Hello favourite reader!
Welcome to another exciting danfo episode on ericotrips.

This is where we talk about the legendary Yellow of Lagos.

Depending on how you choose to get around in Eko, private or commercial options are two sides of the same coin.


The Mega-city and one-time capital of Nigeria has evolved significantly, generating the highest revenue out of 36 states in the Federation, it’s no argument that Lagos stands out and it’s symbol, the danfo does too, the city is really incomplete without the popular Volkswagen van.

“We must go beyond textbooks, go out into the bypaths and untrodden depths of the wilderness and travel and explore and tell the world the glories of our journey.” – John Hope Franklin

DANFO is the landmark of transportation and hustle in Lasgidi, they are rickety and the drivers are reckless. It is an operational business with important segments, the conductors, agberos (touts), LASTMA and daily commuters from different works of life are a part of the danfo equation.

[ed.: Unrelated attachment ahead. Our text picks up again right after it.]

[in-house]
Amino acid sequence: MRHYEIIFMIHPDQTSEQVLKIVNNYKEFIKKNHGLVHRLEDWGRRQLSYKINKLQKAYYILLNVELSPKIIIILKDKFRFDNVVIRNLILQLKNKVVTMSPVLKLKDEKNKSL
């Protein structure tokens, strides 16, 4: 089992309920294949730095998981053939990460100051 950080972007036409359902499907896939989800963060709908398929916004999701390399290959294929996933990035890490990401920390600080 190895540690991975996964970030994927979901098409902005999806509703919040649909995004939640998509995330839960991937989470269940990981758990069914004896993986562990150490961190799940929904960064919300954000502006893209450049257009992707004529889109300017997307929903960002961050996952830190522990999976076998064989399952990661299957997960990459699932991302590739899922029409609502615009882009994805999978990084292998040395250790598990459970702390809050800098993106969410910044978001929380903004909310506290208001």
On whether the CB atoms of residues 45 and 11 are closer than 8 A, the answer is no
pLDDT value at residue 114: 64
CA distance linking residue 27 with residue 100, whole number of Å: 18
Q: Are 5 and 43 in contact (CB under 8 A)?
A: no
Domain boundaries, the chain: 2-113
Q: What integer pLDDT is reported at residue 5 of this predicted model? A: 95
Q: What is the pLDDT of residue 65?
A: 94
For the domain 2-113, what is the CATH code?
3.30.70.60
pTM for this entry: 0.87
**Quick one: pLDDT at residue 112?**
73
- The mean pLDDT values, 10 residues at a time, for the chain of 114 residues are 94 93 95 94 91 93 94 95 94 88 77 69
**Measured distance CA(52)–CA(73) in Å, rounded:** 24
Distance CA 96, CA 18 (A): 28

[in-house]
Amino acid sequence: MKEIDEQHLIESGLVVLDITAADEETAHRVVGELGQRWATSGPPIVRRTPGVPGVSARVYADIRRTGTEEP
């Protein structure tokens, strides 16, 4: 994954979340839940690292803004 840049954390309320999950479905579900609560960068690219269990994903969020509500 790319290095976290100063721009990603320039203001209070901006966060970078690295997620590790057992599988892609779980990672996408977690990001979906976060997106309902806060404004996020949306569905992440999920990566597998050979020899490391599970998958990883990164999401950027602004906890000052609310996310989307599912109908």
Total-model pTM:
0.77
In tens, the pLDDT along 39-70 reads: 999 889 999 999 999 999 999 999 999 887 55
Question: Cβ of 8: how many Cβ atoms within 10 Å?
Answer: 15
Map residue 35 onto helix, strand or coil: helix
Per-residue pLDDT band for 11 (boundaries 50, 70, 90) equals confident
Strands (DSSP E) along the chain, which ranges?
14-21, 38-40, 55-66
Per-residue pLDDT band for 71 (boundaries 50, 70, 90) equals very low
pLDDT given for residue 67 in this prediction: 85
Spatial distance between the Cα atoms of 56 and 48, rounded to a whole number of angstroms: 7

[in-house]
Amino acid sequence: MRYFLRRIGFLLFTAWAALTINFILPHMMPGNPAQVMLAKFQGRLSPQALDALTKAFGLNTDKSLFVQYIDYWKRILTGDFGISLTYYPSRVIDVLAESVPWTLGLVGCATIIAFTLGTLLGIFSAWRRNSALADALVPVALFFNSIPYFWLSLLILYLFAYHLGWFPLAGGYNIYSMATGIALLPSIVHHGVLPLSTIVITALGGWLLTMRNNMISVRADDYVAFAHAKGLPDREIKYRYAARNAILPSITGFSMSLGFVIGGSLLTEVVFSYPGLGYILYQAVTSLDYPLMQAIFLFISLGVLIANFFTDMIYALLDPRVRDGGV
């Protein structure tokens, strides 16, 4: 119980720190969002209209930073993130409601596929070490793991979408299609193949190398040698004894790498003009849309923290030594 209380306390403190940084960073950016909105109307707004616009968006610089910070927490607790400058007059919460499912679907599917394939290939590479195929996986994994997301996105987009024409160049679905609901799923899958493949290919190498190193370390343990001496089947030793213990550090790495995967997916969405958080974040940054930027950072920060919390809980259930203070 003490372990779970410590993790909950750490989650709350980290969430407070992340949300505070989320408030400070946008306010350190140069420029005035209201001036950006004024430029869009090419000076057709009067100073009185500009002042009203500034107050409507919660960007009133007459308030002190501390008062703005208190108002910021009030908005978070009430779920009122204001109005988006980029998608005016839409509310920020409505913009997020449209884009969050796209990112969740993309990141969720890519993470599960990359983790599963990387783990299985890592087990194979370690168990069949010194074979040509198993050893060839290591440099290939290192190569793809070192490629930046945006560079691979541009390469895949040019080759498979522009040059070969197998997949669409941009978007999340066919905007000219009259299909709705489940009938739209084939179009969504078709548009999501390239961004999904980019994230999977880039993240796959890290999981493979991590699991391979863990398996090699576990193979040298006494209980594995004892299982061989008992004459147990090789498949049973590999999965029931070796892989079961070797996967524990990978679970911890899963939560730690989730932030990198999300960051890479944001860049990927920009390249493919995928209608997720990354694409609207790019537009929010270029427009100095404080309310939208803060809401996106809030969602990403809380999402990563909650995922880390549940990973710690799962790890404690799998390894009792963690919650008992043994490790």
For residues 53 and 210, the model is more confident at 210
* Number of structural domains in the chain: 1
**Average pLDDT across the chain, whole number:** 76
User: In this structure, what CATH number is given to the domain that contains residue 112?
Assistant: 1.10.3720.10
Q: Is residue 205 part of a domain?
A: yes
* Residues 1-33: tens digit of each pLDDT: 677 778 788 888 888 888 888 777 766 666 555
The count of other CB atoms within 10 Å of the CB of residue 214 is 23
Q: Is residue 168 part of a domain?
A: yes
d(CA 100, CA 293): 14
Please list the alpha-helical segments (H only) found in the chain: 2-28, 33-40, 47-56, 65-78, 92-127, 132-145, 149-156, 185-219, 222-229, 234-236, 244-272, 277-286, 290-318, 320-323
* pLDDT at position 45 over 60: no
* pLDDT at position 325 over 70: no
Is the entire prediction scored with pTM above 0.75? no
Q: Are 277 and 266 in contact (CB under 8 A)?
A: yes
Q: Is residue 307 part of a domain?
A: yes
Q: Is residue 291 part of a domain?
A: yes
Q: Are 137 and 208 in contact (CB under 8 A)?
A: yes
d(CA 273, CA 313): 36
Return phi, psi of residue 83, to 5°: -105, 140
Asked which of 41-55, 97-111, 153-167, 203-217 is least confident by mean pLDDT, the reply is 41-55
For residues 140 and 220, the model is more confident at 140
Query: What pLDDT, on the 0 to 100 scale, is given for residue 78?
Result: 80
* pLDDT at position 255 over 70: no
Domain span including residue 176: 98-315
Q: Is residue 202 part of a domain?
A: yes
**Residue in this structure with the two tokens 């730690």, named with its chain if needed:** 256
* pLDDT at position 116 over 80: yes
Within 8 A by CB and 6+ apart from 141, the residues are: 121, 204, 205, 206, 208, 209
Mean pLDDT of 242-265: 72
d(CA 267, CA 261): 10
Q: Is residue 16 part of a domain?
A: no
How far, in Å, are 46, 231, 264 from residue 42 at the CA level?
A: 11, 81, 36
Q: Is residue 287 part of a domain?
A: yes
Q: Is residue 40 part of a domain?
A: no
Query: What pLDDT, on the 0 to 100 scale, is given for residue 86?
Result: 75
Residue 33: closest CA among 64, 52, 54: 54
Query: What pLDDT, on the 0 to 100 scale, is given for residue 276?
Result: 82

Danfo stopping to pick new passengers


This is a collaborative post, PART II in the series.

Click the link to get the first scoop.

Blast Off!


I’m sick and tired of conductors doing this thing where they “join” or “marry” passengers together because of change. The annoying thing is I always speak up whenever I don’t have smaller denominations, I respect their mantra, “enter with your 50 Naira change, mi o ni change oo” and I never go overboard.

After the trip, the conductor says, “oga collect your change from this man.” I then have to follow the person around in search of 50 Naira!
Sometimes, we eventually find traders willing to change notes, other times I give up and let the money go.


Erm… I can’t count the number of times I see LASTMA going hand to hand with the drivers all for bribery and whatnot.

They should be ashamed of themselves for behaving like lowlifes. At least, have some dignity and respect for your uniform jeez!

Ikorodu Road


Beat by Sarz! OK, I’m serious now.

These guys calling themselves SARs are a dangerous bunch.

Once I was in a danfo and they alighted from their vehicle with guns, the SARs officers started attacking the drivers because they were driving “nonsense.”
At some point they even started breaking mirrors.

Duxkyd is a lover of anime and games, he has dedicated his life to innovative technology and currently invests in crazy gaming laptops.